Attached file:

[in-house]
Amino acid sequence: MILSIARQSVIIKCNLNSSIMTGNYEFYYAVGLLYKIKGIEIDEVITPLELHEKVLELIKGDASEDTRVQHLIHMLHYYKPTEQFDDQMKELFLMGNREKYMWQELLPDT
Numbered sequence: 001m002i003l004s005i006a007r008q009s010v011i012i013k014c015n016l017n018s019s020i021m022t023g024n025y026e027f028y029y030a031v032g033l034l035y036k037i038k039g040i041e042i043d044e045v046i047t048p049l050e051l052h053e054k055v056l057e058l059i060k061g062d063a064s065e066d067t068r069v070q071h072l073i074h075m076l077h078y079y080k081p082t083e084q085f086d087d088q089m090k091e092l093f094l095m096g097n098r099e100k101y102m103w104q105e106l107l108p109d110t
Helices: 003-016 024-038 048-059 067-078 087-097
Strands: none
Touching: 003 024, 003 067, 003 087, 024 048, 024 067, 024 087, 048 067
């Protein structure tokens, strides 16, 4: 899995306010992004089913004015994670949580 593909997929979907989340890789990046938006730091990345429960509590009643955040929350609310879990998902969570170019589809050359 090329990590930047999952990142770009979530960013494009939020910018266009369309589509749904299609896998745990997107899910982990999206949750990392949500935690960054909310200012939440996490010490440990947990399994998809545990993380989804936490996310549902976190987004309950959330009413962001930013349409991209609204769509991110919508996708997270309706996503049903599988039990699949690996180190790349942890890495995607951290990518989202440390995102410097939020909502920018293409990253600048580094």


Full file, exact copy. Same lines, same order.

[in-house]
Amino acid sequence: MILSIARQSVIIKCNLNSSIMTGNYEFYYAVGLLYKIKGIEIDEVITPLELHEKVLELIKGDASEDTRVQHLIHMLHYYKPTEQFDDQMKELFLMGNREKYMWQELLPDT
Numbered sequence: 001m002i003l004s005i006a007r008q009s010v011i012i013k014c015n016l017n018s019s020i021m022t023g024n025y026e027f028y029y030a031v032g033l034l035y036k037i038k039g040i041e042i043d044e045v046i047t048p049l050e051l052h053e054k055v056l057e058l059i060k061g062d063a064s065e066d067t068r069v070q071h072l073i074h075m076l077h078y079y080k081p082t083e084q085f086d087d088q089m090k091e092l093f094l095m096g097n098r099e100k101y102m103w104q105e106l107l108p109d110t
Helices: 003-016 024-038 048-059 067-078 087-097
Strands: none
Touching: 003 024, 003 067, 003 087, 024 048, 024 067, 024 087, 048 067
């Protein structure tokens, strides 16, 4: 899995306010992004089913004015994670949580 593909997929979907989340890789990046938006730091990345429960509590009643955040929350609310879990998902969570170019589809050359 090329990590930047999952990142770009979530960013494009939020910018266009369309589509749904299609896998745990997107899910982990999206949750990392949500935690960054909310200012939440996490010490440990947990399994998809545990993380989804936490996310549902976190987004309950959330009413962001930013349409991209609204769509991110919508996708997270309706996503049903599988039990699949690996180190790349942890890495995607951290990518989202440390995102410097939020909502920018293409990253600048580094």